Born Feb. 14, 1961, in Limbé, Haiti, Father Charles studied to become an electrician and interior designer after graduating from high school in his homeland. But he always felt called to the priesthood. After studying almost three years at Iteso, the Jesuit university in Guadalajara, Mexico where he became fluent in Spanish), he entered St. John Vianney College Seminary in Miami in 1992, and was ordained for the archdiocese on May 8, 1999.
He served at St. Mary Cathedral and Sacred Heart Parish in Homestead before being appointed administrator of Divine Mercy Mission in Fort Lauderdale in December 2004.
The community has about 1,600 families, all of them of Haitian origin.
Currently Fr. Charles is Pastor at St. Clement Church.
When he knew he wanted to be a priest:
When he was between 4 and 6 years old, he was impressed by the “extreme kindness” of Father Joseph Lepevedic, a priest who was very close to his family. “He gave the last rites to my grandmother and when he gave her the last rites he said, ‘Bye, and I will see you in heaven.’ A couple of days after my grandmother died, he died. … That is when I said I want to be somebody like that when I grow up.”
What he did before becoming a priest:
“I made more money at interior design so that is what I did after high school.”
Who was most surprised by his vocation:
“Nobody really. I ran into a friend that I have not seen in about five years, and she told me, ‘Everybody always knew that you wanted to be a priest.”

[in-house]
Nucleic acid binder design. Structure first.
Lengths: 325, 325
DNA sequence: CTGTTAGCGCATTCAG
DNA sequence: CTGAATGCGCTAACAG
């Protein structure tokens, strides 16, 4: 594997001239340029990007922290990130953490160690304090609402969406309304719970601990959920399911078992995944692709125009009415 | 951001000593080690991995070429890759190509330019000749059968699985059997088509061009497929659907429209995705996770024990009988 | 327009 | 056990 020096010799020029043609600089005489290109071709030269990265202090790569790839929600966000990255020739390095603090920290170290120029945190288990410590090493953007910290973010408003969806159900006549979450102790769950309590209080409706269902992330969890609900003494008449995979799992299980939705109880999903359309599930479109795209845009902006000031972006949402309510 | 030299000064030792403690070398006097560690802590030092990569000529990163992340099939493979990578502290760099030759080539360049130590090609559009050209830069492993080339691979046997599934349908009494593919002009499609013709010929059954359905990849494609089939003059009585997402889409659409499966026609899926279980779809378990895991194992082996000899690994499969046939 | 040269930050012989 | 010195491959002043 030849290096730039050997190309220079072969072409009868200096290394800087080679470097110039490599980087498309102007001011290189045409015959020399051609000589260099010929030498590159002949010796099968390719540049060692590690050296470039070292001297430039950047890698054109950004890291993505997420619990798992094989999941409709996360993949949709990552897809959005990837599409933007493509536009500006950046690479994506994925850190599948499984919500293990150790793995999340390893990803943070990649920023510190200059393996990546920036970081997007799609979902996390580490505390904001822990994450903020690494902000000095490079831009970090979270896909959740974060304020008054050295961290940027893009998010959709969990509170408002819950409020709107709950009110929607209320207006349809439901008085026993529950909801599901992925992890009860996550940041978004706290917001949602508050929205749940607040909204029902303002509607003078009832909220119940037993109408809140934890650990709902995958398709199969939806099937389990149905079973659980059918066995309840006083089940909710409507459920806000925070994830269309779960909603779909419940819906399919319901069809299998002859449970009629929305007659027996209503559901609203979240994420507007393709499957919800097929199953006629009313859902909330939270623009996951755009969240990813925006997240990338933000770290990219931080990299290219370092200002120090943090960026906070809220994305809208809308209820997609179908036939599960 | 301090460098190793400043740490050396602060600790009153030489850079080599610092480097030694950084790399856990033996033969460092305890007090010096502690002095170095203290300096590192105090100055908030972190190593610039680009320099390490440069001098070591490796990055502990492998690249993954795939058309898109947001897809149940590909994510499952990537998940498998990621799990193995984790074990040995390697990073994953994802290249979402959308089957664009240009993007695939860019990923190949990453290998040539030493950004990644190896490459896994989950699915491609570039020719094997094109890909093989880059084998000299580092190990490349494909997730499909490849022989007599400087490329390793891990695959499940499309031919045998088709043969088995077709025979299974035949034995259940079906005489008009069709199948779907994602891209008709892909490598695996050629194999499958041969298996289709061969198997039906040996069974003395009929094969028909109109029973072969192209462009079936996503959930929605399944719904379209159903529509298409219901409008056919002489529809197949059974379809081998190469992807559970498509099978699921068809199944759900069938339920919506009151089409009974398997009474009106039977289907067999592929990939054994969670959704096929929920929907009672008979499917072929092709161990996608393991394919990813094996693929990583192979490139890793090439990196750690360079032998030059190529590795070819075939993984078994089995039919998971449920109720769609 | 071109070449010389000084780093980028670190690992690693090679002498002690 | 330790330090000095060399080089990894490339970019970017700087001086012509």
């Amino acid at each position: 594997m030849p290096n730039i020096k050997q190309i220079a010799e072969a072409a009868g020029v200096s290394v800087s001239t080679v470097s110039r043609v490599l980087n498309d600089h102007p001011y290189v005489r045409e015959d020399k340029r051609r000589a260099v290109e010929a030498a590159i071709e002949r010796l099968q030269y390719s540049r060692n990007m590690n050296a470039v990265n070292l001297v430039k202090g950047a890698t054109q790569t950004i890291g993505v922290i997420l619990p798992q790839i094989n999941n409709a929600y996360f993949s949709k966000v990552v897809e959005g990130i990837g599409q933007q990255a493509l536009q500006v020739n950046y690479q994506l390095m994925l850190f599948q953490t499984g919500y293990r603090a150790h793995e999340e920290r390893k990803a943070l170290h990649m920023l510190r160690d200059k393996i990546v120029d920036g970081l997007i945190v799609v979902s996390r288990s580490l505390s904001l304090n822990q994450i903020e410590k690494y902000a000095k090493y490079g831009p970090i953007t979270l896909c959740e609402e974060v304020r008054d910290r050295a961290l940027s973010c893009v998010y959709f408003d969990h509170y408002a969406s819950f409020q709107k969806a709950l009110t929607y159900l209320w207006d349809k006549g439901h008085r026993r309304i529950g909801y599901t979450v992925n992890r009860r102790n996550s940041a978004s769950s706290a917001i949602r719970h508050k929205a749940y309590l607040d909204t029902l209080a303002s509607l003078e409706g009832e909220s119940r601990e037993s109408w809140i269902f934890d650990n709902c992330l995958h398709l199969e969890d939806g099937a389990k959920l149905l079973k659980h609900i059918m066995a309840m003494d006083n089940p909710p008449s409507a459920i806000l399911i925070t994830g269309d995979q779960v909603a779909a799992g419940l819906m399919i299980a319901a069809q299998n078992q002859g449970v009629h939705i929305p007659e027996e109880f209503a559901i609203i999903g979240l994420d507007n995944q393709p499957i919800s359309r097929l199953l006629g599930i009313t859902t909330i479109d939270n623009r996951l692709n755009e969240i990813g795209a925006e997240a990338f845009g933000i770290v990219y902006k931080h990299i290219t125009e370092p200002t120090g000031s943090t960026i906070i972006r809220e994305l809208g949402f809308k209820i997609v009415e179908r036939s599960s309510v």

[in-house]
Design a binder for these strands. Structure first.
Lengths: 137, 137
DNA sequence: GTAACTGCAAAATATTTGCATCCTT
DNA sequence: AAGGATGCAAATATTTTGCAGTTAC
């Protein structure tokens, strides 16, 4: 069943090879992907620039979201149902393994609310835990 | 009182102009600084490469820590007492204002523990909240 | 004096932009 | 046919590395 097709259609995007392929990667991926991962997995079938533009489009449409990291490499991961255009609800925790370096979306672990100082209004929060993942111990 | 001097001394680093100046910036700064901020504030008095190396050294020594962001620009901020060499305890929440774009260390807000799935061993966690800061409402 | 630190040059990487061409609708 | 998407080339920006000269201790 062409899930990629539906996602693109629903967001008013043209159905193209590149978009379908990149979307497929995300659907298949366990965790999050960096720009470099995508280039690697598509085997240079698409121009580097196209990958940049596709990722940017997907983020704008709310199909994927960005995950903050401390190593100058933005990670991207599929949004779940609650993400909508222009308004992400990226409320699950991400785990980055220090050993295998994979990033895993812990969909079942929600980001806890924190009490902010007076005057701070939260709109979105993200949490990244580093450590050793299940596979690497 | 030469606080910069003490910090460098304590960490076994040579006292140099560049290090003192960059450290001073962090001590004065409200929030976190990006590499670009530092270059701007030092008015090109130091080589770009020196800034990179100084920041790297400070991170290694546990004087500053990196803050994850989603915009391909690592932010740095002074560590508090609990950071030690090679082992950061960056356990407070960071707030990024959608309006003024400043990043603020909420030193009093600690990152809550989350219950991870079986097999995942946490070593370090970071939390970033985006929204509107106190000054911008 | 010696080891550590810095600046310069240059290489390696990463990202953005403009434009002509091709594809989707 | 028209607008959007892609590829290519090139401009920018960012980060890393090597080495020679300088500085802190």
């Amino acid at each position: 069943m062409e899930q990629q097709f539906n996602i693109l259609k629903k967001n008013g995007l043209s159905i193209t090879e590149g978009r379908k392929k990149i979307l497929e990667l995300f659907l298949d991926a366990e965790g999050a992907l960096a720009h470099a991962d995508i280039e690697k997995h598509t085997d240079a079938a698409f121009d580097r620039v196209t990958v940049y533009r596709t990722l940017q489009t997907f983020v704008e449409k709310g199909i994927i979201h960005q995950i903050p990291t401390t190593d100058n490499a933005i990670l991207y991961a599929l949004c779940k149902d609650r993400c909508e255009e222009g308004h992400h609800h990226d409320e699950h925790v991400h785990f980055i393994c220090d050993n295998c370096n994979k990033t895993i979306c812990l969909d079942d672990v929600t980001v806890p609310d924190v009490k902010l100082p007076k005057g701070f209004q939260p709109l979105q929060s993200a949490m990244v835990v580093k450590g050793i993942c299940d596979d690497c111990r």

“Because this is a community that needs to be built up (physically and spiritually), I am involved with everything. I scrape, I mop, I do educational things.”
What he does on his days off:
“I don’t have any. If I have spare time, I do garden work around the church.”
“Quo Vadis” (1951)
“My whole life I have been very close to the church. Because of my situation with my family (I had) to postpone going to the seminary to become a priest. But (the idea) was always there.”
"Somebody who has his feet on the ground; being yourself and knowing yourself."
What he would be doing if he had not become a priest:
“A design consultant, a large-scale operation that would deal with all phases (of design).”
Favorite priestly assignment:
“It is difficult to choose just one” but first on the list is the migrant ministry in Virginia, where he worked when he was a seminarian. “You had to be there to defend the people when they were being mistreated.”
“The outlook you get in the seminary is completely different from what comes outside. Life outside is a big adjustment.”
Because gardening is one of his hobbies, Father Robés Charles personally tends the garden at his parish, Divine Mercy Mission in Fort Lauderdale.
Priestly stereotype that should be discarded:
“Thinking that a priest is a perfect man of the world; that they have to be serious men, always wearing black and white. They should be thought of as simple people.”
Favorite type of music:
“Wow! It is so large. I love music, I love singing. The only music I really don’t like is blues.”
What he collects:
Manger scenes, different types of currency and stamps.
Person he most admires:
“My dad, Jolius Charles. He taught me that nothing is impossible.”
Thing he most fears:
People who put others down for no reason: “I don’t really fear them. I just don’t like to be around them.”